For schools in particular: we are continuing to see reopening plans move forward and this makes sense, especially when we take into account the increasing evidence that actually it's really bad for kids not to be in school. So it's a moment of uncertainty, but in the case of schools I do not think we are going to change course now.

Looking ahead at the coming school year, is it going to be more manageable for parents?

Honestly, I don't know. There are places in America where schools were open 100% all year last year, and they will be open 100% full in-person for the next year. Putting aside that set of places, for people whose schools were very disrupted this year, there's been a lot more focus on how everybody needs to be in school, we're going to have everyone in school. So it is likely that most schools in America will try to open with some full in person, and people can be there all the time.

The piece I am very uncertain about is how much we'll see disruptions in the provision of school that will make it even more difficult for parents. It's one thing to plan about the existence of remote school. It's another thing to every two weeks have 10 days of remote school, which I wasn't planning for. We all know as parents, the worst thing is when your kid is sick in the morning. And the quarantine is like an expanded version of the stomach flu. That's the piece I'm most concerned about.

Do you think hybrid and remote work arrangements that companies are talking about are net positive for caregivers?

In some forms, yes. Even before the pandemic, there was this observation that, for parents, for people who are doing caregiving, all hours may not be the same. The pandemic forced us to figure out some things about how we can make remote work possible. I would hope ideally that coming out of that we would have an opportunity to say, 'Hey, I've shown you that I can work from home. So like, maybe it's okay if I go home at 5pm. And then I work at home from 8 to 10 because I've been at home for the whole last year and it's been fine.' There's an opportunity to make that work and to make that work better, particularly for working women. I'm not sure we will take advantage of that opportunity that I would like us to. But maybe.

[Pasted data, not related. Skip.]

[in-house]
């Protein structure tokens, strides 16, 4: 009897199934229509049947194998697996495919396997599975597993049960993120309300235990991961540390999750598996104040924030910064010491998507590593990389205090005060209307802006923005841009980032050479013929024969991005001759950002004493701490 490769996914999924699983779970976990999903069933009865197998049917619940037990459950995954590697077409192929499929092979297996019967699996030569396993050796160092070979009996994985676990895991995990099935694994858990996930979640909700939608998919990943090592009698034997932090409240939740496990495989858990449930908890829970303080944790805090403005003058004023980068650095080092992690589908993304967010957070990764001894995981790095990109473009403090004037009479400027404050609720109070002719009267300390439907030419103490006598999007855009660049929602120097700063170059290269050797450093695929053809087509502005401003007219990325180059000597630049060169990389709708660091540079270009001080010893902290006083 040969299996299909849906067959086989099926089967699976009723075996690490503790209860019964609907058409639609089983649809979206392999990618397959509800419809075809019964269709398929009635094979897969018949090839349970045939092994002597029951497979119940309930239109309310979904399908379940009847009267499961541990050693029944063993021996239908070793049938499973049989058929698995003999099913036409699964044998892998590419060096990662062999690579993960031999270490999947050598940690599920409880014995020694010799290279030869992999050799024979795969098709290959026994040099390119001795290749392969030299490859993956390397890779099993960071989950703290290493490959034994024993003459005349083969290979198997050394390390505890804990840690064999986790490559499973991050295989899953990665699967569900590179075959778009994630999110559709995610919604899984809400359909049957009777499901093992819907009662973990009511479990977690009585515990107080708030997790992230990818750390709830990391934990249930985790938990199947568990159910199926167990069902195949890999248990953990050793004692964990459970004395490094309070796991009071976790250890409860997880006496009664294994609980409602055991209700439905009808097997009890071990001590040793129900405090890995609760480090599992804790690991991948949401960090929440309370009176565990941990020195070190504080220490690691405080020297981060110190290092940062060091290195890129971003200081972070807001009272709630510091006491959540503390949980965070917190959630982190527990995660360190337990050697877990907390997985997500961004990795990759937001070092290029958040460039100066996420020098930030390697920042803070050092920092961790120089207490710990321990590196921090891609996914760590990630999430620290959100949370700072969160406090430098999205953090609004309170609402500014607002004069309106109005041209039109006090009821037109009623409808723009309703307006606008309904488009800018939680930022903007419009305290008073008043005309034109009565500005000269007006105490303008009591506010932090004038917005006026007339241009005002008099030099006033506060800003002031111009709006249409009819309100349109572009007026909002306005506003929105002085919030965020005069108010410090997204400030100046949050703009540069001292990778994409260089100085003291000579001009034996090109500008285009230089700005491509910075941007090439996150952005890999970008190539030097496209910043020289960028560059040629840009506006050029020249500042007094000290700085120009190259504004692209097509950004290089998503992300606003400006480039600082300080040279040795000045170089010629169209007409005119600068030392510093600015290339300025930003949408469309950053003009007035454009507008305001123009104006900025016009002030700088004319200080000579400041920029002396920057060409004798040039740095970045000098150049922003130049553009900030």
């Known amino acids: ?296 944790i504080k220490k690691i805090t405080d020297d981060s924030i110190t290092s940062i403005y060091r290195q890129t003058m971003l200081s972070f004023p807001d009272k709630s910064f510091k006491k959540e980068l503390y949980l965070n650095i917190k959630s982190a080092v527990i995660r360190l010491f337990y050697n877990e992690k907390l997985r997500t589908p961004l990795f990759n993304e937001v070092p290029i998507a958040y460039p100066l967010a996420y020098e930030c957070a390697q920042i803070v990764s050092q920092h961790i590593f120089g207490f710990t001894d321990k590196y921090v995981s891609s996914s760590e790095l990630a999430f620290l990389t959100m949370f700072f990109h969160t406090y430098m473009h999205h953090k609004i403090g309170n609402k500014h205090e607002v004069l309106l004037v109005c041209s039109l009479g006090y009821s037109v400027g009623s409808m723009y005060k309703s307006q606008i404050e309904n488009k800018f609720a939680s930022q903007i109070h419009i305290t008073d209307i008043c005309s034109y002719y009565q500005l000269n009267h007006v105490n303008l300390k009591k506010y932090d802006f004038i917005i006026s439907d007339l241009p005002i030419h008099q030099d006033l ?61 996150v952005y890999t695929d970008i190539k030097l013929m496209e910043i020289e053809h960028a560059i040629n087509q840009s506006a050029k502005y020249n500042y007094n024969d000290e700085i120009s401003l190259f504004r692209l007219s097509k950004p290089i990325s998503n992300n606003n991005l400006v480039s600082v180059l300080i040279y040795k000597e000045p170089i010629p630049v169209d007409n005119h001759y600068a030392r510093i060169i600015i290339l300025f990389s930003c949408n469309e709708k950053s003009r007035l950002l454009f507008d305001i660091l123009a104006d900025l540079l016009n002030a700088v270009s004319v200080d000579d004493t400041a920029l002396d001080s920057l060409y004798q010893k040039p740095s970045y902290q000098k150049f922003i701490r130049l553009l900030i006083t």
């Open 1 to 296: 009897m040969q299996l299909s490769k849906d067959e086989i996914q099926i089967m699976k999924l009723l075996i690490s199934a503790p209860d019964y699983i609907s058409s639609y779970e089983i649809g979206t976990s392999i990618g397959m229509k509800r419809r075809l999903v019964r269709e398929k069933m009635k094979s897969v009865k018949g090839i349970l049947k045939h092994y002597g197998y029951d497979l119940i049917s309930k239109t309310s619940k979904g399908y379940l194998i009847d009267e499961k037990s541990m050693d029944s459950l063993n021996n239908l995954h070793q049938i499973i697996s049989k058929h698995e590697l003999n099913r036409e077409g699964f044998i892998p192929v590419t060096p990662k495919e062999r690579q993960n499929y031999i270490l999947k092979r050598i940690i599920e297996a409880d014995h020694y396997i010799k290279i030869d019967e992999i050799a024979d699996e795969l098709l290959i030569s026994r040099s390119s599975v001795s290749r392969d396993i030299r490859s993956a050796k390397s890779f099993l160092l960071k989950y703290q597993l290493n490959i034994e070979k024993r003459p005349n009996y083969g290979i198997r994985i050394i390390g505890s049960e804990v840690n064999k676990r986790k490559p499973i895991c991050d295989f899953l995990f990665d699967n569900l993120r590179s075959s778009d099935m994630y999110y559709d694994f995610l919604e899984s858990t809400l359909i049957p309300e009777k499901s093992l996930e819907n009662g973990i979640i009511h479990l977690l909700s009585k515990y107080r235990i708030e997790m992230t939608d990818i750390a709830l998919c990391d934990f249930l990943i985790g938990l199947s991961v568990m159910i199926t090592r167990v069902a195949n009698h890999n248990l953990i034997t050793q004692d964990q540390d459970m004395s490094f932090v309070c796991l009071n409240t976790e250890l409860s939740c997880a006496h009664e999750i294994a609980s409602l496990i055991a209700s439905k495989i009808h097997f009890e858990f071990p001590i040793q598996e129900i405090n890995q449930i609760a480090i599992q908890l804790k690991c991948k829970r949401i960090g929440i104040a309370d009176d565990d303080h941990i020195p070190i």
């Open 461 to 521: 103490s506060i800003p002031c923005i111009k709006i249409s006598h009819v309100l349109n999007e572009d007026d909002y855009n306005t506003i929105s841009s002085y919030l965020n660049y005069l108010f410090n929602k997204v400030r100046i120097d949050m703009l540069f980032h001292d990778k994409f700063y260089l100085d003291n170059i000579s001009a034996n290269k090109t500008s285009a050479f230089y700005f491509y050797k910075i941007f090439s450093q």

Companies have introduced caregiving benefits such as tutoring and childcare. Do you have any sense of whether those things will continue, and what should companies be doing?

People struggled to find childcare and so things like backup childcare, things like some flexibility at work when you need it are important benefits. Some of the things that came up, things like tutoring, I'm not sure that my job is the place that I would look for that. Even my job, which has a lot of very nice college students at it. It's important for firms to think about what are the things that I have a comparative advantage to provide.

So in some sense, I'm not sure the firm needs to find me childcare. They could give me the flexibility or the money to get the childcare, but it's not exactly like I want the firm to be my nanny. Sometimes it's important for employers to remember, there are tax benefits to providing services in kind, but sometimes it's probably better to just give them money or give them flexibility.

One of the big things that happened over the last year is that we had millions of women who left the workforce. The pretty clear explanation is that they took on additional caregiving responsibilities, which made it hard to continue working in that context. What do you think it will take to keep women in the workforce and bring those who left the workforce back?